As you very likely know, the world lost the incredible David Bowie in January of this year. Soon after, Will Brooker asked if I’d like to put together a cover of a Bowie song with him to use over the credits of a documentary he was making about research he did whilst writing his book on Bowie (due out January 2017). Please head over to Forever Stardust to learn more about that. The book and the documentary should be quite good if his previous works are any indication.

    I wanted to say a few words about this project, especially given I know some of us felt like touching a Bowie song was stepping on hallowed ground. Did we dare? Eventually, obviously, we did. And we can only hope that we’ll get lumped in with all those covers we heard come out the last 8 months (it’s 8 months and 1 day now since we lost Bowie) that are considered good, rather than the ones that made us cringe or shrug. But I suppose that I have that hope with everything I release into the world…

    Why did I do it?

    • I like a good collaboration, and I reckoned that Will’s and my voices would sound good together. (I still think that and hope we sort out our ideas for future collaborations.)
    • Like many, I was gutted by Bowie’s death and, in some ways, getting to submerge myself in this was therapeutic. It didn’t take the sorrow away (it’s still there), but I find that working on someone else’s creation gives me a sense of seeing them a bit better, which took the edge off my loss.
    • I liked the fact that distance is a theme in the song and we were going to build this song around people who were both physically distant and strangers to each other. There are people I’ve never met who worked on this track, to whom I felt a sort of creative closeness whilst working, but who will still be strangers when, and if, we meet. (I’m pretty sure I owe drinks to at least half of them, so surely that means it’s a “when” and not an “if.”)
    • I love this song. I think the album is under-appreciated, and even others I know who love Bowie aren’t familiar with this song. Whereas I actually recall clearly the emotional impact this song had on me the first time I heard it, years ago (and how I replayed it a dozen times in a row once I’d finished listening to the album). Whatever you think of our cover, go listen to the original. It’s a dense and complicated piece that, in true Bowie style, sounds simple in the best possible way.

    This was a project that hit a lot of hurdles, so I definitely want to give yet another massive thanks to everyone who ended up making the time, giving their best, and (in some cases) and stretching their capabilities to make this happen. Literally each name on the list below (after the embed) is someone who had to give extra to do what they did or who was a last-minute save. Bless!

    Put your headphones on (really…this song is best with headphones or good speakers that let you hear the panning and such) and give it a listen. Hope you enjoy!

    Written by David Bowie
    Vocals: Amber Bird, Will Brooker
    Guitar: Joe Brooker, Jason Cope
    Bass: Taylor McCarrey
    Keyboard: Cat McCarrey
    Drums: Euan Rodger
    Mixing/production: Amber Bird, Joe Brooker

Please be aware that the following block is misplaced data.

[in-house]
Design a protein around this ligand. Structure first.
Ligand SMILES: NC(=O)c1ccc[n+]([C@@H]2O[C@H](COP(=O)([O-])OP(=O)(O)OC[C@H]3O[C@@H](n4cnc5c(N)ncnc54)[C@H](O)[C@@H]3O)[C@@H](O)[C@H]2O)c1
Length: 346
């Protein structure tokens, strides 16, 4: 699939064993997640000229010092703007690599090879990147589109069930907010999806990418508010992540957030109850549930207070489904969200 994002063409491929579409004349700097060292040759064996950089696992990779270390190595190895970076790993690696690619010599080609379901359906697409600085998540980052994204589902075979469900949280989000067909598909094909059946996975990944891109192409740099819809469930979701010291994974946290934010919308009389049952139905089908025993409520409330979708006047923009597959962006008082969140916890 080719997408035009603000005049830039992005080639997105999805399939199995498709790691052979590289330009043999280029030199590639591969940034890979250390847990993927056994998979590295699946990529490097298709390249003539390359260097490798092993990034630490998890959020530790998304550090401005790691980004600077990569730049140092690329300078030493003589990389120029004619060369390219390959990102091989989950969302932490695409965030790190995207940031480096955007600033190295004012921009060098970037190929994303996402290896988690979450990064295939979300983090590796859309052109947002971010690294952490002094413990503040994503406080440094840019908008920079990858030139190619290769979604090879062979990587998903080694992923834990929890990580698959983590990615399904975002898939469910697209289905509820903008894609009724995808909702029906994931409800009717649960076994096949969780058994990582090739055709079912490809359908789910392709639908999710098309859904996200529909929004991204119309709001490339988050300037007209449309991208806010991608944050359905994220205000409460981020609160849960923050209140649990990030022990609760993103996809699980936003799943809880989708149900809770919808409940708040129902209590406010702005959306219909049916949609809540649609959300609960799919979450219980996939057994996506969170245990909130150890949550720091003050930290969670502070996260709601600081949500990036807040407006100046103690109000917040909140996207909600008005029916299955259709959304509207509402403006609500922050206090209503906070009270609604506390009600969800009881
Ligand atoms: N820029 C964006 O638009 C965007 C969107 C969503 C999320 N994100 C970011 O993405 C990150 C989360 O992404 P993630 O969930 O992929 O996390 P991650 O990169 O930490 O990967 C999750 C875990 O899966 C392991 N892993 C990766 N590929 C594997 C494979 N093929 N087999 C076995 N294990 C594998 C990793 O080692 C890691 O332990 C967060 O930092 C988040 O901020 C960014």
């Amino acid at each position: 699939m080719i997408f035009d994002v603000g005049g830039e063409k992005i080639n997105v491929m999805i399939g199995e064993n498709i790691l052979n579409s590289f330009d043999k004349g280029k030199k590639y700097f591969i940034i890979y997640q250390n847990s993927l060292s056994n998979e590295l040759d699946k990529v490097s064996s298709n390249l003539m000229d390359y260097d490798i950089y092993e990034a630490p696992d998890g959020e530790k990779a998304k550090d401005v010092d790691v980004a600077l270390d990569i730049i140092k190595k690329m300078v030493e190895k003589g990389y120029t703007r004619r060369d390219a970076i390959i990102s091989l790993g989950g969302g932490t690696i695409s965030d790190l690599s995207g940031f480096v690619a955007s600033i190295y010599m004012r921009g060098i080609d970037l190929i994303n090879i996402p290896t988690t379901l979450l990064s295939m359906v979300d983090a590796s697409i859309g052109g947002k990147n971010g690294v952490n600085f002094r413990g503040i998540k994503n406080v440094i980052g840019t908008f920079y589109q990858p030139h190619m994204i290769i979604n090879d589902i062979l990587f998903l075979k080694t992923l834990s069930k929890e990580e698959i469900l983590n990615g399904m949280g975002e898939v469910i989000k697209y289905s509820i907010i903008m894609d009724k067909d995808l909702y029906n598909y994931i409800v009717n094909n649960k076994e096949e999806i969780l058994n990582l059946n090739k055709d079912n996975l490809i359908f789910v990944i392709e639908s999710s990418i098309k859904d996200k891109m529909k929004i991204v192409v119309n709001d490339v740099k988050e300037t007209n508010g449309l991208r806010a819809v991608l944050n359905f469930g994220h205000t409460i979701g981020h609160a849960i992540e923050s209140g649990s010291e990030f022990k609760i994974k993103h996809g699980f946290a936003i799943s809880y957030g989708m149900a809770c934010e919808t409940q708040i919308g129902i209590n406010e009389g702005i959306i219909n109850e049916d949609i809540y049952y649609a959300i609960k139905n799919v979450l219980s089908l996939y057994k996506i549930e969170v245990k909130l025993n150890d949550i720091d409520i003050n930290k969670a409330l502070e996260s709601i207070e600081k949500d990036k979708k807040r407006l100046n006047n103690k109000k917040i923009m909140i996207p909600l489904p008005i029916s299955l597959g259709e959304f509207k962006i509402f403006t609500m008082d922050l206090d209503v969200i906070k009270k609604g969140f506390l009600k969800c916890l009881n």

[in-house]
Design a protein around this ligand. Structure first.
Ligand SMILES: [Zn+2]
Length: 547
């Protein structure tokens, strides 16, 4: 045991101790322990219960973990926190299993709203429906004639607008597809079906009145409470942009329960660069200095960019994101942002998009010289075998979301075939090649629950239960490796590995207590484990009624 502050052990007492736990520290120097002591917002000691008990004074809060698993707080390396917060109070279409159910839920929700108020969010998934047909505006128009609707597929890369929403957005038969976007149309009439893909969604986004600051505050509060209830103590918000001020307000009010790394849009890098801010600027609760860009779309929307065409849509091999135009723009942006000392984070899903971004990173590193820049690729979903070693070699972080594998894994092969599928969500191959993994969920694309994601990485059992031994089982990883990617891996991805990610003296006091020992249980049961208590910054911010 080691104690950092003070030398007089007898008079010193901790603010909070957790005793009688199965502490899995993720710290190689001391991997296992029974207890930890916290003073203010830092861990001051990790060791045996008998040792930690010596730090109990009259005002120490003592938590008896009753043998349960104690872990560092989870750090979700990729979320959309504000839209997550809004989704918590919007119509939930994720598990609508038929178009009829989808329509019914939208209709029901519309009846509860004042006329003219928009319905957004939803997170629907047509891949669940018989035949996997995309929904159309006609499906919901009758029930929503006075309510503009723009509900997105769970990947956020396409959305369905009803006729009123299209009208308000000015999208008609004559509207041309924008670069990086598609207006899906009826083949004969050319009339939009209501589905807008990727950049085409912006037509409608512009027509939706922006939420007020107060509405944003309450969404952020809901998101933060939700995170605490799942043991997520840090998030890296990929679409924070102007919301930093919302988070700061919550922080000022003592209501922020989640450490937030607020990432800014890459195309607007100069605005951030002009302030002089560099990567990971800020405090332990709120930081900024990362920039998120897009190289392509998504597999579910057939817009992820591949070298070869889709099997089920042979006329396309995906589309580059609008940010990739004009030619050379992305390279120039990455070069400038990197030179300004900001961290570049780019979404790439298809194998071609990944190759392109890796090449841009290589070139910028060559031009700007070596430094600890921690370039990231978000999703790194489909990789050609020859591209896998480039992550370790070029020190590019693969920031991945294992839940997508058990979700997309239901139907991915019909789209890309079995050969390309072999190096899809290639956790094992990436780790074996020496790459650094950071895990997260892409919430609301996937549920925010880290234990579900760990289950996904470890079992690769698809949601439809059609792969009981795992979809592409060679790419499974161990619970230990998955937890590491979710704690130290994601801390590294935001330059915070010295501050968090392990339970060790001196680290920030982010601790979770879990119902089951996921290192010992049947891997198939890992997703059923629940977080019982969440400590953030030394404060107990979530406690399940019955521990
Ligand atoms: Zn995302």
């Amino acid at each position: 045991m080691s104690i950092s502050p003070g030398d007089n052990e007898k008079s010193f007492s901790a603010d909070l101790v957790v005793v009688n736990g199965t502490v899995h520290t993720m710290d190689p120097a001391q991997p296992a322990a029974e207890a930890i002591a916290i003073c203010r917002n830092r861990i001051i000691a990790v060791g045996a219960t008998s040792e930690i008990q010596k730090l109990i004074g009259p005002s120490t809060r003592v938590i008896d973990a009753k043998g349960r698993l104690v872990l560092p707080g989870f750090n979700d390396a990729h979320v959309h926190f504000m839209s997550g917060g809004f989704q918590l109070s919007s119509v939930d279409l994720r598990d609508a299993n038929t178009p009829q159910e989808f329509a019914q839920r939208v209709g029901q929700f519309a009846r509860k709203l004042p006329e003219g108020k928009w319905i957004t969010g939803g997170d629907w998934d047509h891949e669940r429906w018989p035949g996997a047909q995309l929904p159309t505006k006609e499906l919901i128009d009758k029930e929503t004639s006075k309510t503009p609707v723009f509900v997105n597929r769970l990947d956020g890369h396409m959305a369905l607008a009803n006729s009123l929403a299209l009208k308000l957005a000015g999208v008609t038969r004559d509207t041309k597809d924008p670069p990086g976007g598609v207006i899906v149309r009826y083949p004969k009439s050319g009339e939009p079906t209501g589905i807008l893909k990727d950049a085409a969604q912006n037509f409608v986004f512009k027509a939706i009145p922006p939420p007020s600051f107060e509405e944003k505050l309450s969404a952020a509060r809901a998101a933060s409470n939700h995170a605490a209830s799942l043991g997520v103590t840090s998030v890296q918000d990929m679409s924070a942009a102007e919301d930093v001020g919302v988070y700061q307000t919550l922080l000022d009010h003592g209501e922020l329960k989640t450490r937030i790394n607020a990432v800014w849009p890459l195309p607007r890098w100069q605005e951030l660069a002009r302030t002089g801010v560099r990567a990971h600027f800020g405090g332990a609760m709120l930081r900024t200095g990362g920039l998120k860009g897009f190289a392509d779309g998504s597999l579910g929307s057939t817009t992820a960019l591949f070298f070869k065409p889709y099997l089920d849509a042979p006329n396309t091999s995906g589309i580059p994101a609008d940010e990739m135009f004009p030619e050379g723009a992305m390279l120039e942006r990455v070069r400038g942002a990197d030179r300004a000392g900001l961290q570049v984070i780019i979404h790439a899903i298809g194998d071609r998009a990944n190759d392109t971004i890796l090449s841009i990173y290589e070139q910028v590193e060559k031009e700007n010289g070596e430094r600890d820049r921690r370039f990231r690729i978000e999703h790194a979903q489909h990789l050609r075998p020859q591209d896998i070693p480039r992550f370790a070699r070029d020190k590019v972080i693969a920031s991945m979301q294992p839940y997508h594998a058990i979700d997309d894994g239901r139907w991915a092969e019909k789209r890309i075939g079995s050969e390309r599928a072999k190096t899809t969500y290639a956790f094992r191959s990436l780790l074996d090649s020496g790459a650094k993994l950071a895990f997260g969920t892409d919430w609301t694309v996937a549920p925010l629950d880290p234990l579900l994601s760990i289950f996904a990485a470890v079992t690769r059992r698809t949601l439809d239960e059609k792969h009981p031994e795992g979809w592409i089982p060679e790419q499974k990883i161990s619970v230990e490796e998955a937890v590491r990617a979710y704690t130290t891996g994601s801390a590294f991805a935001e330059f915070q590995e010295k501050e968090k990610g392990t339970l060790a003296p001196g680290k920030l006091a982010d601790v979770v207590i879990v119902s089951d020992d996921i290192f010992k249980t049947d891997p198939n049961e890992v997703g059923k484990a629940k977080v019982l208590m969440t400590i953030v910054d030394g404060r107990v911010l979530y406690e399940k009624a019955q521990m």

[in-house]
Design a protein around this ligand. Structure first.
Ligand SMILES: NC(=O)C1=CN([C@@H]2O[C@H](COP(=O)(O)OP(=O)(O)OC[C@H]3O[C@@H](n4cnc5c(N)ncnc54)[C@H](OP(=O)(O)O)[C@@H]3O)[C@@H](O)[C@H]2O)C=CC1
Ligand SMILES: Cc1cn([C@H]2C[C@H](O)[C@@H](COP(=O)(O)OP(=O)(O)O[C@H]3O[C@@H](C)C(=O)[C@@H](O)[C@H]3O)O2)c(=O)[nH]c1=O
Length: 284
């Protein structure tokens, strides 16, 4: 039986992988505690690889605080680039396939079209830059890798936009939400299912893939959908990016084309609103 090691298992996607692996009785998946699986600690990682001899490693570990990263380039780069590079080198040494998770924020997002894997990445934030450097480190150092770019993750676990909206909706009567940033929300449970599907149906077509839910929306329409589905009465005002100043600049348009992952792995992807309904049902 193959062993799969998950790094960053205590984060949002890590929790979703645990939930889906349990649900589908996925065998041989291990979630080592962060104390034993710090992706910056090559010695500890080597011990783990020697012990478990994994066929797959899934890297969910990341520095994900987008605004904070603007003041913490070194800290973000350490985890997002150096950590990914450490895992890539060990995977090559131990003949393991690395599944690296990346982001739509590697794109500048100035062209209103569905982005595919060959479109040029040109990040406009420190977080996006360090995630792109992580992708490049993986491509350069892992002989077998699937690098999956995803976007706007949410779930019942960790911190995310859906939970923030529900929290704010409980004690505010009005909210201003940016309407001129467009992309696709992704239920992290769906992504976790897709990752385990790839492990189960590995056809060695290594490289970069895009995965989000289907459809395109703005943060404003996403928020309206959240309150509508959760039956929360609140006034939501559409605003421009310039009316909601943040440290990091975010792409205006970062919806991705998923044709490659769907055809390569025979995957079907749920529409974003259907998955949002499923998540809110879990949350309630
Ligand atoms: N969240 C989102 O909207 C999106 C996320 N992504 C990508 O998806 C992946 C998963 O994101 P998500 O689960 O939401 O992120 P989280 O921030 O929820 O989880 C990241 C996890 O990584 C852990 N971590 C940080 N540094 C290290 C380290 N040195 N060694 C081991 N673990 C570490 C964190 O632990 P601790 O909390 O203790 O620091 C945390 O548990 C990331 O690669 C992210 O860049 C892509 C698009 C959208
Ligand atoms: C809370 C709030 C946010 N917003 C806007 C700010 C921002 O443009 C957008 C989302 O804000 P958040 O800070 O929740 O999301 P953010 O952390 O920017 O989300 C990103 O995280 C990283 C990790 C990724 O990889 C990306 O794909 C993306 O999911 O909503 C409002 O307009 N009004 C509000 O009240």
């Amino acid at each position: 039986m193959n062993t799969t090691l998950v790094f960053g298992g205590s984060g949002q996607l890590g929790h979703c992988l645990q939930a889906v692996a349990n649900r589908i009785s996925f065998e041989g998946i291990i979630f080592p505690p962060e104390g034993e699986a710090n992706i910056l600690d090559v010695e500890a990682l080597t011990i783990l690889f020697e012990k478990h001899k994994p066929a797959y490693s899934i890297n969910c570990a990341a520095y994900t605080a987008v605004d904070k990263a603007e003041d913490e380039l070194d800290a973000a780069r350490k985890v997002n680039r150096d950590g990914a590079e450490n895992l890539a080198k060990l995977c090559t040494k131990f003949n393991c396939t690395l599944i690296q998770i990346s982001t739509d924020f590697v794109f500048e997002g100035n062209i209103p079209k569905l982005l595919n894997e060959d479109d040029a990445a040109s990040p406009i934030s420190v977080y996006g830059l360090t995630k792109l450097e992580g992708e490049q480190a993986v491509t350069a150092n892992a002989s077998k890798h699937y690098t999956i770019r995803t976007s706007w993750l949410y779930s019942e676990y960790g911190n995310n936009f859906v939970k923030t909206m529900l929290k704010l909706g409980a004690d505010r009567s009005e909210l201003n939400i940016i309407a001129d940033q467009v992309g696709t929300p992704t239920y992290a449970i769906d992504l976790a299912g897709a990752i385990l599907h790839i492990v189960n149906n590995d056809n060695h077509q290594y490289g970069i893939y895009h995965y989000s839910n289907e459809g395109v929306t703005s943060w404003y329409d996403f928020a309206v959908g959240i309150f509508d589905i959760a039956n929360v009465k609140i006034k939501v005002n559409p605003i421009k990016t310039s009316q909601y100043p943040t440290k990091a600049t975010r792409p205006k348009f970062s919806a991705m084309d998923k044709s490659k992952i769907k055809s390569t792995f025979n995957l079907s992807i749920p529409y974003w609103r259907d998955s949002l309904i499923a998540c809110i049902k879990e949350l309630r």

Additional engineering: Oliver Betts


  • First Time Is Novel

    There came a point where I decided I was no longer a writer and would not have a book published.

    Some stuff was going on in my head and with my chemistry and I wasn’t doing anything creative other than my makeup. (And even that was mostly just doing things I’d done before…Yeah, not my most vibrant era…)

    When that stuff got sorted, I poured out a mass of rough material for possible books, a few poems, and began a torrent of lyrics that has me with lyrics for over 250 songs now. Yeah!

    Then came the next point where I decided I was no longer a writer (well, except for lyrics…and then blogs…) and would not have a book published.

    I had started a band and realised that I LOVED making music (it let me combine writing and performing and it was MUSIC) and that I only had time for one creative endeavour until such time as I ceased to have to work a day job or until I somehow became a person who could live on way less sleep than I actually need. I chose music. (I 99% don’t regret it.)

    When the way that things work with my day job shifted so that I started having long periods where I was between projects…Okay, to be honest, I just spent all that extra time and energy on music-related things. Because music was doing things for me that writing hadn’t (and probably at least partly because I hadn’t put in the effort on writing).

    And, listen, a lot of people consider themselves aspiring writers and never get around to writing. They’d like to write a book, they dream of writing a book, but they don’t. There are plenty of reasons for that, and I’m sure that a few were in play in my situation. Plus, I had stopped thinking of myself as a writer…

    Me posing with a guitar, a laptop, and a plastic laser pistol in front of music gear and a poster of Buckaroo Banzai

    Trying hard to make it up to Buckaroo these days…

    Then, my buddy Ernie Cline basically gave me a deadline. And not a “far in the future” deadline, but a “write a book in a month” sort of deadline. (I suspect he didn’t realise the situation and had generously given me the benefit of the doubt, had assumed I was working on it all along like I should have been.) A book that would be good enough that he wouldn’t regret spending the time on me. And here are a few things I learned by finally writing my first novel and following it through to the end: